Thursday, March 20, 2008
"The Greatest Threat to Our Generation." This is how Toronto Mayor David Miller routinely characterizes "climate change," the euphemistic moniker hung upon "global warming" during brutal winters.
Miller's most recent employment of this deathly description came in his response to the Canadian federal budget, as he assessed its environmental provisions.
New York City Mayor Michael Bloomberg prioritizes his fears in much the same way as Miller, recently telling reporters after addressing the United Nations General Assembly, "Weapons of mass destruction have the potential to kill an enormous amount of people, but global warming in the long term has the potential to kill everybody."
Not even two years since terrorists plotted to blow up the Toronto Stock Exchange, and with Ground Zero still a hallowed pit at the foot of Manhattan, it is awkward to have to point out this simple truth to the titular leaders of both cities, but here goes: The greatest threat to our generation is, in fact, Islamic terrorism.
This threat is embodied by millions of fanatics throughout the world and has already claimed the lives of many thousands of innocents.
As terrorists and their supporters clamour and scheme for the murder of millions more, major cities remain primary targets. Comforting as it may be to imagine our enemies are impersonal entities like carbon molecules and SUVs, our actual foes are evil men who really hate us and want us dead. City leaders ought to have this much in mind.
One of the many misfortunes of war is we rarely get to choose our enemies, and a manageable foe like energy usage would be far preferable to the reality of what we face. I, for one, would volunteer to be leader of the Luddites, dousing every light and riding a unicycle to work in winter if I believed the threat of man-made climate change to be as near and deadly as that of Islamic terrorism.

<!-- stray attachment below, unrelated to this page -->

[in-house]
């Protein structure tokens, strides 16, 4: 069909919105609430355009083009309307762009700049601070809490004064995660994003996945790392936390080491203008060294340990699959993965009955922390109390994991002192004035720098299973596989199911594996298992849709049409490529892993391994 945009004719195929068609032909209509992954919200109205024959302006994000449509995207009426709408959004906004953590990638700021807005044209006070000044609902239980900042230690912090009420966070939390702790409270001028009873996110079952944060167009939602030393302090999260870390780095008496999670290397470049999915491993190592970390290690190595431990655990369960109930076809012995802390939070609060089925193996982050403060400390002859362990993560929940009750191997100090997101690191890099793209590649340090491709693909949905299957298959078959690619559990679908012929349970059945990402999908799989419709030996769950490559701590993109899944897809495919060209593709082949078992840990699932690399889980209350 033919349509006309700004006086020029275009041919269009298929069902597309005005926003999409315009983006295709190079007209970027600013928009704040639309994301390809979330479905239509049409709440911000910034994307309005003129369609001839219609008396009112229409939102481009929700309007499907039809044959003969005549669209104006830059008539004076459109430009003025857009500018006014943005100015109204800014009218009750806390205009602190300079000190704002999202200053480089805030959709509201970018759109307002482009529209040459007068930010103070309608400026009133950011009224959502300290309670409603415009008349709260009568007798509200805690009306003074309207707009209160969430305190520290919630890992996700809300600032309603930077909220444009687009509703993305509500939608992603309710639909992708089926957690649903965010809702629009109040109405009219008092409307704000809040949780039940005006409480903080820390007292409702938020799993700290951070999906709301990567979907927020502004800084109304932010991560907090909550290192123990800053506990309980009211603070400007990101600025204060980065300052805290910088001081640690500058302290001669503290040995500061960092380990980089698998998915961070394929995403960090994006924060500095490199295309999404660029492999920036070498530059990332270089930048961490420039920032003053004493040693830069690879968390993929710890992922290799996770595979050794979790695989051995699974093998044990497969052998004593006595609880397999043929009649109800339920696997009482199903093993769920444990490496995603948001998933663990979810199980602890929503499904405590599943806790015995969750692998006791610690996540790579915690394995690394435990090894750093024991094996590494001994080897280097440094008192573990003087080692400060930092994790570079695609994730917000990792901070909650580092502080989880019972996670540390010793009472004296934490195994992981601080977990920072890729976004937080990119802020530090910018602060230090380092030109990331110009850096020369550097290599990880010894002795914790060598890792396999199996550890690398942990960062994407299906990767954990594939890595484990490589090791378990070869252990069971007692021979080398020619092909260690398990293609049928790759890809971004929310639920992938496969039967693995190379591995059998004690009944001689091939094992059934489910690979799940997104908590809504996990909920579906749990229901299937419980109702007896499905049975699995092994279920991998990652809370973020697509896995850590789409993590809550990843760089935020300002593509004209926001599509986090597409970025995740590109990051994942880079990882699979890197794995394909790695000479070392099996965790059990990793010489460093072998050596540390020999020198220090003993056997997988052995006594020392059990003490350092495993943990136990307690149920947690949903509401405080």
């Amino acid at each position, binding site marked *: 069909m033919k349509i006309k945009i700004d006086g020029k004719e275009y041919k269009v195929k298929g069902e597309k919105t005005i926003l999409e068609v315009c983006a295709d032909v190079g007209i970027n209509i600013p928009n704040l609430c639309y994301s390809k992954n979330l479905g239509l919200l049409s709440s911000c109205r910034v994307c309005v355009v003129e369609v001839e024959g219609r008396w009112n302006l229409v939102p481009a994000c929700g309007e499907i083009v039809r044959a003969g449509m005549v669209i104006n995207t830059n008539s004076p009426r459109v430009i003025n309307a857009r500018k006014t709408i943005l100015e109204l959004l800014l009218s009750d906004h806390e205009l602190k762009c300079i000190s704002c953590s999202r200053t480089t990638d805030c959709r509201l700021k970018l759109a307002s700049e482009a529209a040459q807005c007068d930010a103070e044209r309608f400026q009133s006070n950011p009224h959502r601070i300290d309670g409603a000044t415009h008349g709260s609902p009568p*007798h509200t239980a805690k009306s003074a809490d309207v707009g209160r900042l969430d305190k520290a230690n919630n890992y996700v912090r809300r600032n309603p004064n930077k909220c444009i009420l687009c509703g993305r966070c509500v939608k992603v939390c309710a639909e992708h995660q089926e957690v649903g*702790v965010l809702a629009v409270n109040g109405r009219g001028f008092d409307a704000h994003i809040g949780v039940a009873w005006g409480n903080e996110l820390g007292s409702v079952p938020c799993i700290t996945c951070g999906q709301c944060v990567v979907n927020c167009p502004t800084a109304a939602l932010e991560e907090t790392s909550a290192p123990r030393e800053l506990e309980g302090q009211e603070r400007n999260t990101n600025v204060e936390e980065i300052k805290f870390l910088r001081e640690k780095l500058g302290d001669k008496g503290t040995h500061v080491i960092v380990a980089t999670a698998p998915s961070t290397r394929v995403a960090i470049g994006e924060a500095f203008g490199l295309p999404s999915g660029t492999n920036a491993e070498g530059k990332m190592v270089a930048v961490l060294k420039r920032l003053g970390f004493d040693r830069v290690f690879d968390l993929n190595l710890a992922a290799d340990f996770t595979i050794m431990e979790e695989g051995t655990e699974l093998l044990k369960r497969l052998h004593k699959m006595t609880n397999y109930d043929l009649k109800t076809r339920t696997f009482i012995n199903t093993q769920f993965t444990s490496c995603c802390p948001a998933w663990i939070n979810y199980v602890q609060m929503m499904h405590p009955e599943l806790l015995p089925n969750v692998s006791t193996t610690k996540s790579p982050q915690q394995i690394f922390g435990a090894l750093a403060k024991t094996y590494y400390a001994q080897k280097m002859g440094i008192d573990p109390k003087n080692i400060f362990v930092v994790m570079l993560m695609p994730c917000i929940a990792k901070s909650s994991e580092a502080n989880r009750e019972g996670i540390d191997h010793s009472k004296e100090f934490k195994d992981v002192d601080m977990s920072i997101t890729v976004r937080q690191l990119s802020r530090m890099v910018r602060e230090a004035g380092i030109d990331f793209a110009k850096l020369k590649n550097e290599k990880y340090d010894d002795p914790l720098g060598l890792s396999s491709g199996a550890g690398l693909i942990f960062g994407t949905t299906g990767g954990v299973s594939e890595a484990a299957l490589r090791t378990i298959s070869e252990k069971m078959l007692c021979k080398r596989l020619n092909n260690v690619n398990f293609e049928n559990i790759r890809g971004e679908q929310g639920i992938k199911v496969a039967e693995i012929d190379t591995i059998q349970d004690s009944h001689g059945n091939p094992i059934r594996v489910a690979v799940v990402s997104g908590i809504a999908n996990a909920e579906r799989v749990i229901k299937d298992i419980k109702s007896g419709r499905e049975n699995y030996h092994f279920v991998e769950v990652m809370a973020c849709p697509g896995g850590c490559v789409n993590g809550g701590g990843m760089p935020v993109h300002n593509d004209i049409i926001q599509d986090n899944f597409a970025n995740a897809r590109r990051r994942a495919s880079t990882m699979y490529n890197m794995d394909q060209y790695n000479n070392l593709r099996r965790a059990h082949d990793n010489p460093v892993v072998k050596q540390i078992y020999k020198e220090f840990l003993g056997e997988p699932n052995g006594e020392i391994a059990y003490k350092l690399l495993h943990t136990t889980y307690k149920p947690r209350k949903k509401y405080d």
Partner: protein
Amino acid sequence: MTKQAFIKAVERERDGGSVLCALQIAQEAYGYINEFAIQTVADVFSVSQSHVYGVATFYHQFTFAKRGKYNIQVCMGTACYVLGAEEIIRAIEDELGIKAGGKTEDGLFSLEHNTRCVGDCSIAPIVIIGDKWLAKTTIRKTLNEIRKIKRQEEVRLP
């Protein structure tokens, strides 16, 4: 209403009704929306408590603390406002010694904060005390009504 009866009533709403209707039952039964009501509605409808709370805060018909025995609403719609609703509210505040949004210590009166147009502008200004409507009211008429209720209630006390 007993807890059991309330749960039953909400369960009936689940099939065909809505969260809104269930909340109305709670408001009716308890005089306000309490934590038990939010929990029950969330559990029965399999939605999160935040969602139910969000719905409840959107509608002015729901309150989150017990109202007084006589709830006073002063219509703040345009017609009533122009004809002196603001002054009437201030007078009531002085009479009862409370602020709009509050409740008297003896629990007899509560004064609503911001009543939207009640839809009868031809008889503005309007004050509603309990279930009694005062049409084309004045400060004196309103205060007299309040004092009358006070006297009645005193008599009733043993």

Moreover, I am ready to be convinced. Rather than reasoned arguments, however, we get histrionic proclamations like those of Miller and Bloomberg, frequently followed by invective against anyone who hesitates to agree, up to and including threats of arrest (David Suzuki, please pick up the nearest solar-powered courtesy phone).
The evidence of terrorism's threat, meanwhile, is undeniable and tragic. From Toronto to New York, to London to Madrid, recent history makes it clear that urban centres are most at risk. Yet for every mention of Miller's "Green Mandate" from the voters -- including $106 million set aside for his climate change initiatives over the next five years -- there is nothing to evince the mayor takes terrorism anywhere near as seriously.
The argument here is not whether climate change is real, or whether we are its cause. It is, rather, a question of priorities. Even if the direst prognostications of the most humourless environmentalist are accurate (another call for you, Dr. Suzuki), the effects cannot compare with the immediate devastation of a successful terrorist attack on an urban centre.
If citizens and elected officials truly believe that climate change is a threat, then by all means it should be addressed. But Toronto is Canada's largest terrorism target -- does that not merit the attention of our leaders?